Matt Healy, singer and public bong smoker from U.K. indie band The 1975, is slamming Justin Bieber, who he accuses of singing about “nothingness.”
“That new Justin Bieber song,” the frontman moans. “‘What do you mean? ‘When you nod your head yes but you wanna say no’ — can we stop talking about girls who don’t know what they want? Can we stop talking about nothingness? No one’s asking you to inspire a revolution, but inspire something.”
Like others, Healy, 26, seems not to have understood that the lyrics of the Biebs’ “What Do You Mean?” — the lead single from the Canadian’s new Purpose album — address the subject of relationships and, by default, the more serious one of consent.
While some critics, if Lena Dunham can strictly be called that, wrote off Bieber’s “Mean” as “Blurred Lines 2.0,” others see it as a consent anthem and “required listening for for all sexually frustrated young men.”
On listening to the song, which Healy may not have done more than once, it’s clear lyrics such as “What do you mean when you nod your head yes, but you wanna say no?” and “First you wanna got to the left then you wanna turn right/Wanna argue all day, make love all night” finds Bieber tackling the landmine of communication in a difficult relationship.
These matters are far from irrelevant and can become the difference between calling sex an assault or consensual. While Robin Thicke and Miley Cyrus’ foam finger-assisted antics turned the issue into a bad “joke,” Bieber’s “Mean” brought it into public view and inspired an avalanche of debate.
Whether Matt Healy agrees or not, the Biebs makes a strong statement by asking his partner in the song if her “yes” is a real “yes” so that he can be sure she is in agreement with whatever he’s asking.
To put it simply: Clarification lies at the heart of “What Do You Mean?”
It’s probable that Healy’s dislike of the excellent “Mean” is affected by his self-declared dislike of Bieber.
The “Love Me” singer confessed that he was “w***er” to Bieber the last time they met. Healy told the Observer, “I was a w***er to Justin Bieber” at an album launch party they both went to separately. Matt claims, “I think he tried to get me kicked out a couple of times.”
Healy also blasted nameless indie rock bands who pretend “they don’t care” about fame and said he is unashamedly doing everything he can to be a star.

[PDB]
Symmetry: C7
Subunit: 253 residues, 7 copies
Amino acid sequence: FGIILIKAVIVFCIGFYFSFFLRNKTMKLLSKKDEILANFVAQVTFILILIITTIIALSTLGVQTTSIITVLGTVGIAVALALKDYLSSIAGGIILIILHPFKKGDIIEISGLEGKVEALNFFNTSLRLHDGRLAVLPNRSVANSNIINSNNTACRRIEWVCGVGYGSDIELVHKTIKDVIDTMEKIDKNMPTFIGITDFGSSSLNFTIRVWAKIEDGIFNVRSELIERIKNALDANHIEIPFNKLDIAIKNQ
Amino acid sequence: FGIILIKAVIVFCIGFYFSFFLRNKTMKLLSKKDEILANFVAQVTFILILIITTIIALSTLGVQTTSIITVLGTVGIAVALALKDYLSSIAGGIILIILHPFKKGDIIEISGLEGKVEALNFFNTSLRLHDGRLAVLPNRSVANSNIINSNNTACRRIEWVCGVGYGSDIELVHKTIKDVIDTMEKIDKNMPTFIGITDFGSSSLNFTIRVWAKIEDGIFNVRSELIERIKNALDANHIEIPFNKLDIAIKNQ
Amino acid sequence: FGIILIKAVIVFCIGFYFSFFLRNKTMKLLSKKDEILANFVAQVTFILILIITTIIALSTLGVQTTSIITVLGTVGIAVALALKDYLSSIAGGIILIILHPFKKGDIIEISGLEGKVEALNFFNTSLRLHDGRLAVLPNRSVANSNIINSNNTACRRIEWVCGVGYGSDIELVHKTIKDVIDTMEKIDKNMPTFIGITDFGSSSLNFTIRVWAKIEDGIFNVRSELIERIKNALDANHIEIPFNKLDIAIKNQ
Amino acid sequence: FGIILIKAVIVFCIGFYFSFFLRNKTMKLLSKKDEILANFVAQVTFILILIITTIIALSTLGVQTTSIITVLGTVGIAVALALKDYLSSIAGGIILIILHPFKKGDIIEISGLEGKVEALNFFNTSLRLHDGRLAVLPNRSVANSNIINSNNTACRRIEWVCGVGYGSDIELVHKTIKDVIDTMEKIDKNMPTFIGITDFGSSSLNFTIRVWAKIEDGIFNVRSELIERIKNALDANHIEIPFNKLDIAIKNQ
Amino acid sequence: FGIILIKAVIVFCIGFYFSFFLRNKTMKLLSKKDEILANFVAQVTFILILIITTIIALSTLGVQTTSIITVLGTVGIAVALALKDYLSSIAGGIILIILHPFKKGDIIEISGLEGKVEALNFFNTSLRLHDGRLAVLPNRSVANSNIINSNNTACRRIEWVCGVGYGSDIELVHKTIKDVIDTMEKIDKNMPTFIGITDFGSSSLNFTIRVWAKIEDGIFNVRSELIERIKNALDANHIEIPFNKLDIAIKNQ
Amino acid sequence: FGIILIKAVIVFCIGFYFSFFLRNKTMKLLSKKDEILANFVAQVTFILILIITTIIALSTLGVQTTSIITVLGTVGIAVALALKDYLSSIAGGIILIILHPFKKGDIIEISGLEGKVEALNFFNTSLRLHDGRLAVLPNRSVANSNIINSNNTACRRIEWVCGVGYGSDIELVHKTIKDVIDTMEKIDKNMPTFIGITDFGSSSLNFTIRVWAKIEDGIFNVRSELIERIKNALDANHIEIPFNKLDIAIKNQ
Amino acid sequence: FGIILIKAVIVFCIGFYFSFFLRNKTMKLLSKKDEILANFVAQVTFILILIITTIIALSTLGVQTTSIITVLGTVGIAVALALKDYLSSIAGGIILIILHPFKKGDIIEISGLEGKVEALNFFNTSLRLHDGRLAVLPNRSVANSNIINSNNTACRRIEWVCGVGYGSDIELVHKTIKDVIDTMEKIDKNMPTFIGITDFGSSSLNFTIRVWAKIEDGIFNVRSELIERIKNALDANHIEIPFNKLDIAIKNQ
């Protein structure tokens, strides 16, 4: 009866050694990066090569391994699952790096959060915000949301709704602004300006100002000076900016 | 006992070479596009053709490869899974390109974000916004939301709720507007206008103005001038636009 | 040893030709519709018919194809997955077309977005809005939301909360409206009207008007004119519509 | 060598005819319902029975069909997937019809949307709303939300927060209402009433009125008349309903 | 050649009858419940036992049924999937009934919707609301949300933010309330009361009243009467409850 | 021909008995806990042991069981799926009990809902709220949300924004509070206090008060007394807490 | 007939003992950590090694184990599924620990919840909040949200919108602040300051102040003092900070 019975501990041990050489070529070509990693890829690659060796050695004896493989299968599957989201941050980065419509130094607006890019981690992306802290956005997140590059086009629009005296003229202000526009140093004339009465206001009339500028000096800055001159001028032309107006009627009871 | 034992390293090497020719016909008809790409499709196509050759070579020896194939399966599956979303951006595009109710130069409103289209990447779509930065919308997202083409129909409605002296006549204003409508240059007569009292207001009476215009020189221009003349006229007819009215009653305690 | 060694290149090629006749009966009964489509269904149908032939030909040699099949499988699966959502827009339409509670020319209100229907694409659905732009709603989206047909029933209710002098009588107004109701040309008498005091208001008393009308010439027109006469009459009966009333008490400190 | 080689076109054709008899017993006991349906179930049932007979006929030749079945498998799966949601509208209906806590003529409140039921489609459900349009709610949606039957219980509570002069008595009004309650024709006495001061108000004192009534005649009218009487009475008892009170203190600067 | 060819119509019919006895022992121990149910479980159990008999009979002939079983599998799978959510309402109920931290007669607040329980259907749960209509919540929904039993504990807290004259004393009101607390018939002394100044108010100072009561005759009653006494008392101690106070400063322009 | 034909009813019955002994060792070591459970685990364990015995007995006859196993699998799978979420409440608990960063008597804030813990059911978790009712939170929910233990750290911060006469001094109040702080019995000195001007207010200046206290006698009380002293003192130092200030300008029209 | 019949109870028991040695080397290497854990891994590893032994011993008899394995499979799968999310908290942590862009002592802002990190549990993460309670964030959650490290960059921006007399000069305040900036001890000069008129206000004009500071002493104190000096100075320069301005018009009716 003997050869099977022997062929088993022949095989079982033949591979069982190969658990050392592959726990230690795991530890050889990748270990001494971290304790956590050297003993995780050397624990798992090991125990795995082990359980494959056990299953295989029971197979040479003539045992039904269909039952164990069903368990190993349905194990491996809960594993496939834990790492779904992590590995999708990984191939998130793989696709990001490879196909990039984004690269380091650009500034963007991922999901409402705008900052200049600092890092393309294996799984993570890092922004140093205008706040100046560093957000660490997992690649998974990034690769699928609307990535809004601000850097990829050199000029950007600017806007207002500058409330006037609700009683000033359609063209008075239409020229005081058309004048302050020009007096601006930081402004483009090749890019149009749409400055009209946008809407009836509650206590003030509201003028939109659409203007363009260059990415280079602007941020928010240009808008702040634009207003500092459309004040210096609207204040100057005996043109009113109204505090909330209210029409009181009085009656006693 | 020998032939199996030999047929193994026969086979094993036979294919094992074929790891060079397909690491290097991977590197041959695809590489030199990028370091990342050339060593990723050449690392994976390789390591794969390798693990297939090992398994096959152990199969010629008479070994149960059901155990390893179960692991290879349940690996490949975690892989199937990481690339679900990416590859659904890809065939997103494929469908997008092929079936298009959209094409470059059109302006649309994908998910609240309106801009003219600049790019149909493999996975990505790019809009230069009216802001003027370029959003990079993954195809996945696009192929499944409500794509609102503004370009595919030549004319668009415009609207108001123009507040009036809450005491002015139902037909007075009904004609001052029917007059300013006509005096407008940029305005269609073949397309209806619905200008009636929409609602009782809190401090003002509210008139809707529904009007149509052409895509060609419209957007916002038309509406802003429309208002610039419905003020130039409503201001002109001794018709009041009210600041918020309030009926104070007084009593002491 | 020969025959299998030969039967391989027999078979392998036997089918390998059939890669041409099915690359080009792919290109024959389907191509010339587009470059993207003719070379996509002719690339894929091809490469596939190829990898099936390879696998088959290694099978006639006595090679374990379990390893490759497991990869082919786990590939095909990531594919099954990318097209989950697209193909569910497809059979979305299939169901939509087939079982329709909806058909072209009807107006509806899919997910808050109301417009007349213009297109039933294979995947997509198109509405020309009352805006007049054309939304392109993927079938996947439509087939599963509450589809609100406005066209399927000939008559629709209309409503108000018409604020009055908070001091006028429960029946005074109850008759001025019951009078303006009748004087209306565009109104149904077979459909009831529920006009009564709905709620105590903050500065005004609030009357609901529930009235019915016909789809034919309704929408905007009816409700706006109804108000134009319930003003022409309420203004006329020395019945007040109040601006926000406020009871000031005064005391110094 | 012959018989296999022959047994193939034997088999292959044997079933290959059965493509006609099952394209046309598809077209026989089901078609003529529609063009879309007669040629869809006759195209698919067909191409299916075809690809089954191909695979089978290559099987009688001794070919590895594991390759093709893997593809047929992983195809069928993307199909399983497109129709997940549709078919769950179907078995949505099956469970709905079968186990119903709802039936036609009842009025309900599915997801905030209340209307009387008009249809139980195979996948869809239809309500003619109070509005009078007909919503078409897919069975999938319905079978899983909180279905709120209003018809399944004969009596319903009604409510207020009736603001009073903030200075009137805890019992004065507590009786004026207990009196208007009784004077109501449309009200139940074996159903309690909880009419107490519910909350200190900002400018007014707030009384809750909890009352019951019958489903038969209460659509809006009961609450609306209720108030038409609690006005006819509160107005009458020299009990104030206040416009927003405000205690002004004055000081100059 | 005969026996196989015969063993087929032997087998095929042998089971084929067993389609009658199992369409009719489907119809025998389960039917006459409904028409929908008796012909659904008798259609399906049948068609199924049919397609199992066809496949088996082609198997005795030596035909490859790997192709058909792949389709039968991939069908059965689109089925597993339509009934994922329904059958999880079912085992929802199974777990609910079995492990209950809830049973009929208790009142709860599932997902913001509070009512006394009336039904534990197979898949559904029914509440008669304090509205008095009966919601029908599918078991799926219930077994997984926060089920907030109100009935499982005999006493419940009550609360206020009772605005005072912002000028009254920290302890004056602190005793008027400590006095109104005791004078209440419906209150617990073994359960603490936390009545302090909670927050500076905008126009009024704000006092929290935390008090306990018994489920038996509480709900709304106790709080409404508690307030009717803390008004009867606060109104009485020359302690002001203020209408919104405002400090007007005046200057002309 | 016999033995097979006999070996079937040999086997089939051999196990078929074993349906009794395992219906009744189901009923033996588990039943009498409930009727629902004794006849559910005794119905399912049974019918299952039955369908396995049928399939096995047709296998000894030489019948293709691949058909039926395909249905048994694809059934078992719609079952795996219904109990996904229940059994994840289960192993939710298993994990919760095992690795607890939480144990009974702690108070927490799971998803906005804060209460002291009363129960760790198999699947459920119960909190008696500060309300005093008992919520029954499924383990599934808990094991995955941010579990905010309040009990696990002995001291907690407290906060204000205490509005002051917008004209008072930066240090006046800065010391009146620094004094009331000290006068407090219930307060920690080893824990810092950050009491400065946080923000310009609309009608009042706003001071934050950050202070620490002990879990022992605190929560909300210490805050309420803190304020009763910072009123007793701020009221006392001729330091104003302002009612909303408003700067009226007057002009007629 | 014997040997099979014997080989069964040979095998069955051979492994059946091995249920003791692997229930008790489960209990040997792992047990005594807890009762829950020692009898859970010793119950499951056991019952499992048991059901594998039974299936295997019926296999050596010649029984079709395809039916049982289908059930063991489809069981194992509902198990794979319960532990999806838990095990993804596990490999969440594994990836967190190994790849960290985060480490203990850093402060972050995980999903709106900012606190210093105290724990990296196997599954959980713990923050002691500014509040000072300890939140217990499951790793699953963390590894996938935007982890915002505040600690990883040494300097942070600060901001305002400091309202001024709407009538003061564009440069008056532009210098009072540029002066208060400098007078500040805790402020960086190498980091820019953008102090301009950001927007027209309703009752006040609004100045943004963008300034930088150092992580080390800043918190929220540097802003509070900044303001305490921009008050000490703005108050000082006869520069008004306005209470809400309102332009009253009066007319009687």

To the Observer he admits, “I sometimes have a fear of wearing that on my sleeve. But there’s no room for shrinking violets, not when everything’s been done.”
Healy continues, “The only thing my generation has left is to do things better than they were done before, and you can’t do that if you want to be an indie band who pretends they don’t care so they don’t get judged on being s**t.”
With respect, Healy’s claim that Bieber’s music amounts to “nothingness” suggests he hasn’t listened to the pop prince’s widely acclaimed Purpose album.
While a lot of the record features mid-tempo, electro-R&B numbers with romantic premises and slam-dunk hits like “Sorry” and “Where Are U Now?” — other songs, such as title track “Purpose,” find Bieber singing about being re-inspired by his faith in God after a well-documented turbulent two-years.
Bieber’s just-dropped Purpose: The Movement short film, features 13 dance videos for each song on the standard edition of the album. The singer explains in documentary-style footage in the opening of the first video “Mark My Words” that he felt like he lost his purpose “for a while” and now wants to inspire others to find theirs as he has.
He declares, “Now I feel like I found my purpose, and I just want to bring that hope to people, and that light to say — ‘Hey, you might have lost your purpose, or maybe you’re searching for your purpose.’ But, purpose is so important.”
Purpose songs “Life is Worth Living,” “All In It,” and “Children” also deserve mention. The first sees Bieber mapping a scenario where someone finds the strength to keep living through despair because of faith in God, while the second urges others to commit to their lives with faith. The last asks who is inspiring the next generation to responsible action and “visionary change.”
[Photo by Jason Merritt/Getty Images]